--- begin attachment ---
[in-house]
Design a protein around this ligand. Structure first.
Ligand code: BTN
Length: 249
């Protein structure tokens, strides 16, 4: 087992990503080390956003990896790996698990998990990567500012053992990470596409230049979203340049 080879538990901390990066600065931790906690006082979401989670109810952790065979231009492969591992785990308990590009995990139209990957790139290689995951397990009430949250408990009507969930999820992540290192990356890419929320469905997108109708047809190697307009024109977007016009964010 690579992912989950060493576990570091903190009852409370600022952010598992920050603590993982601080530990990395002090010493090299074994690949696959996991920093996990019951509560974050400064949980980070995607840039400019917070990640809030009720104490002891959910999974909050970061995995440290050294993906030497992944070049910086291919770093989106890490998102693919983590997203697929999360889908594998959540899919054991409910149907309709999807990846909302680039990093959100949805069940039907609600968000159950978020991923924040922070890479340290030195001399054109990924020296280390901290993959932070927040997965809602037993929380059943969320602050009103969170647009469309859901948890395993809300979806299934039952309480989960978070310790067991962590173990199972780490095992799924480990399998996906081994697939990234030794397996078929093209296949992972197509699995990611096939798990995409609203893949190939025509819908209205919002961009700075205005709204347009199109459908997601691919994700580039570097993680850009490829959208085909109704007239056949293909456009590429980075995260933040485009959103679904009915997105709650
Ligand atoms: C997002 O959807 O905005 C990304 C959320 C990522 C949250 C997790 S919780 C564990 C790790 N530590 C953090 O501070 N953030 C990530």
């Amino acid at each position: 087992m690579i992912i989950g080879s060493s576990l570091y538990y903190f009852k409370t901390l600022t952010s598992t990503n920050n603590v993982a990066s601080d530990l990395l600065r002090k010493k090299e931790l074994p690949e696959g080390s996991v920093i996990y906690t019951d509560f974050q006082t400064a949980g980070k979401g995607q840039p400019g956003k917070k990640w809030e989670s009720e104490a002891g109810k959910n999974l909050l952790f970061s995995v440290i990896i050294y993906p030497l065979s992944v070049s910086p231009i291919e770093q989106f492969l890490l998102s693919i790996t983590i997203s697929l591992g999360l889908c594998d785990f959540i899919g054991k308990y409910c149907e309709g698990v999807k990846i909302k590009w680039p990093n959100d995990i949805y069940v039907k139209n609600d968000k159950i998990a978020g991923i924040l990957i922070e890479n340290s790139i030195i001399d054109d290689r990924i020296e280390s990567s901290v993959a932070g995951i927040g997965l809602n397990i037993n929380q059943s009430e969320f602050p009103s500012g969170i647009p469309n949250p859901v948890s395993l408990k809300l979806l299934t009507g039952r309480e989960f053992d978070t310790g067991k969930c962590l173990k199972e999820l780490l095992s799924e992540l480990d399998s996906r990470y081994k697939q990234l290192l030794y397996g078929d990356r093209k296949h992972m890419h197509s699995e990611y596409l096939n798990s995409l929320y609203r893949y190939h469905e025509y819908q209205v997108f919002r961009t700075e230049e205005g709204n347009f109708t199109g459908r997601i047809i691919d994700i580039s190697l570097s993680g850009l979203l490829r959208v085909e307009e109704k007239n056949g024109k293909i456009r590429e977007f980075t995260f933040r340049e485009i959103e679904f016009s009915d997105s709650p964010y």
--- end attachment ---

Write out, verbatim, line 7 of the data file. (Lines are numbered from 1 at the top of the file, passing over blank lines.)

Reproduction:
């Amino acid at each position: 087992m690579i992912i989950g080879s060493s576990l570091y538990y903190f009852k409370t901390l600022t952010s598992t990503n920050n603590v993982a990066s601080d530990l990395l600065r002090k010493k090299e931790l074994p690949e696959g080390s996991v920093i996990y906690t019951d509560f974050q006082t400064a949980g980070k979401g995607q840039p400019g956003k917070k990640w809030e989670s009720e104490a002891g109810k959910n999974l909050l952790f970061s995995v440290i990896i050294y993906p030497l065979s992944v070049s910086p231009i291919e770093q989106f492969l890490l998102s693919i790996t983590i997203s697929l591992g999360l889908c594998d785990f959540i899919g054991k308990y409910c149907e309709g698990v999807k990846i909302k590009w680039p990093n959100d995990i949805y069940v039907k139209n609600d968000k159950i998990a978020g991923i924040l990957i922070e890479n340290s790139i030195i001399d054109d290689r990924i020296e280390s990567s901290v993959a932070g995951i927040g997965l809602n397990i037993n929380q059943s009430e969320f602050p009103s500012g969170i647009p469309n949250p859901v948890s395993l408990k809300l979806l299934t009507g039952r309480e989960f053992d978070t310790g067991k969930c962590l173990k199972e999820l780490l095992s799924e992540l480990d399998s996906r990470y081994k697939q990234l290192l030794y397996g078929d990356r093209k296949h992972m890419h197509s699995e990611y596409l096939n798990s995409l929320y609203r893949y190939h469905e025509y819908q209205v997108f919002r961009t700075e230049e205005g709204n347009f109708t199109g459908r997601i047809i691919d994700i580039s190697l570097s993680g850009l979203l490829r959208v085909e307009e109704k007239n056949g024109k293909i456009r590429e977007f980075t995260f933040r340049e485009i959103e679904f016009s009915d997105s709650p964010y």